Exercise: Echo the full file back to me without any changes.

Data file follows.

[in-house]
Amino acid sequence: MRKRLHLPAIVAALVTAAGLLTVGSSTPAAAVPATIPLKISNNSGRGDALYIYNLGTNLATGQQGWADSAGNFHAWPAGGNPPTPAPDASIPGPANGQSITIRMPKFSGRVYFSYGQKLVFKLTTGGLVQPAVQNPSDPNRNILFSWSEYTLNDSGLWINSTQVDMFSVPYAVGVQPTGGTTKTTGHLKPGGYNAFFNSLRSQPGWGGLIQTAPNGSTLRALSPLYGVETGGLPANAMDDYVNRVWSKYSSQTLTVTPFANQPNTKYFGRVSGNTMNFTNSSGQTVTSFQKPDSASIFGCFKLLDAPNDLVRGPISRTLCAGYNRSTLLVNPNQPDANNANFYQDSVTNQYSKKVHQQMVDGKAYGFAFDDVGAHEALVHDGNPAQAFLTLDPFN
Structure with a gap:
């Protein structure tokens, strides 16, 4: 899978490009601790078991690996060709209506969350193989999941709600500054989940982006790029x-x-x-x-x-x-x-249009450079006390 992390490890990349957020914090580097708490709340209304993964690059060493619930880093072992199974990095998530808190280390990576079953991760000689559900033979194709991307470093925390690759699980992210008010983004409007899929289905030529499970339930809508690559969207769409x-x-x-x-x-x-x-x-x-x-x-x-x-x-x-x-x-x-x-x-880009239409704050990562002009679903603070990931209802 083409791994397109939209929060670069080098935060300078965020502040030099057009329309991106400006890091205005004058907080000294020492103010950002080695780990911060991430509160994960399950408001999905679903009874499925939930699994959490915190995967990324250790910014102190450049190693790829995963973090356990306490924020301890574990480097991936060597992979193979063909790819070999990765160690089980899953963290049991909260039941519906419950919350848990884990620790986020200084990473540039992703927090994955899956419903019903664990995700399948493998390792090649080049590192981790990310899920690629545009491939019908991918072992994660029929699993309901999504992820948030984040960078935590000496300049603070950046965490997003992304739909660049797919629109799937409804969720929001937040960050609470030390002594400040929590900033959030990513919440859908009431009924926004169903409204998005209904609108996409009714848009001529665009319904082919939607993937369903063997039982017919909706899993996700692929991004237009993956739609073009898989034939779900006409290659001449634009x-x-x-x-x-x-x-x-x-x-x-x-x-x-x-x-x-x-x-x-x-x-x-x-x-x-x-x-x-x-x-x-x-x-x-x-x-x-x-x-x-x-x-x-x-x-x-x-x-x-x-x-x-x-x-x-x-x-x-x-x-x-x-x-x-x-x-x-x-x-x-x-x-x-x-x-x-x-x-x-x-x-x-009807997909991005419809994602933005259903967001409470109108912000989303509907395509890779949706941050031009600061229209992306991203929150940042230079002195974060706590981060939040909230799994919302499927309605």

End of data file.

[in-house]
Amino acid sequence: MRKRLHLPAIVAALVTAAGLLTVGSSTPAAAVPATIPLKISNNSGRGDALYIYNLGTNLATGQQGWADSAGNFHAWPAGGNPPTPAPDASIPGPANGQSITIRMPKFSGRVYFSYGQKLVFKLTTGGLVQPAVQNPSDPNRNILFSWSEYTLNDSGLWINSTQVDMFSVPYAVGVQPTGGTTKTTGHLKPGGYNAFFNSLRSQPGWGGLIQTAPNGSTLRALSPLYGVETGGLPANAMDDYVNRVWSKYSSQTLTVTPFANQPNTKYFGRVSGNTMNFTNSSGQTVTSFQKPDSASIFGCFKLLDAPNDLVRGPISRTLCAGYNRSTLLVNPNQPDANNANFYQDSVTNQYSKKVHQQMVDGKAYGFAFDDVGAHEALVHDGNPAQAFLTLDPFN
Structure with a gap:
């Protein structure tokens, strides 16, 4: 899978490009601790078991690996060709209506969350193989999941709600500054989940982006790029x-x-x-x-x-x-x-249009450079006390 992390490890990349957020914090580097708490709340209304993964690059060493619930880093072992199974990095998530808190280390990576079953991760000689559900033979194709991307470093925390690759699980992210008010983004409007899929289905030529499970339930809508690559969207769409x-x-x-x-x-x-x-x-x-x-x-x-x-x-x-x-x-x-x-x-880009239409704050990562002009679903603070990931209802 083409791994397109939209929060670069080098935060300078965020502040030099057009329309991106400006890091205005004058907080000294020492103010950002080695780990911060991430509160994960399950408001999905679903009874499925939930699994959490915190995967990324250790910014102190450049190693790829995963973090356990306490924020301890574990480097991936060597992979193979063909790819070999990765160690089980899953963290049991909260039941519906419950919350848990884990620790986020200084990473540039992703927090994955899956419903019903664990995700399948493998390792090649080049590192981790990310899920690629545009491939019908991918072992994660029929699993309901999504992820948030984040960078935590000496300049603070950046965490997003992304739909660049797919629109799937409804969720929001937040960050609470030390002594400040929590900033959030990513919440859908009431009924926004169903409204998005209904609108996409009714848009001529665009319904082919939607993937369903063997039982017919909706899993996700692929991004237009993956739609073009898989034939779900006409290659001449634009x-x-x-x-x-x-x-x-x-x-x-x-x-x-x-x-x-x-x-x-x-x-x-x-x-x-x-x-x-x-x-x-x-x-x-x-x-x-x-x-x-x-x-x-x-x-x-x-x-x-x-x-x-x-x-x-x-x-x-x-x-x-x-x-x-x-x-x-x-x-x-x-x-x-x-x-x-x-x-x-x-x-x-009807997909991005419809994602933005259903967001409470109108912000989303509907395509890779949706941050031009600061229209992306991203929150940042230079002195974060706590981060939040909230799994919302499927309605």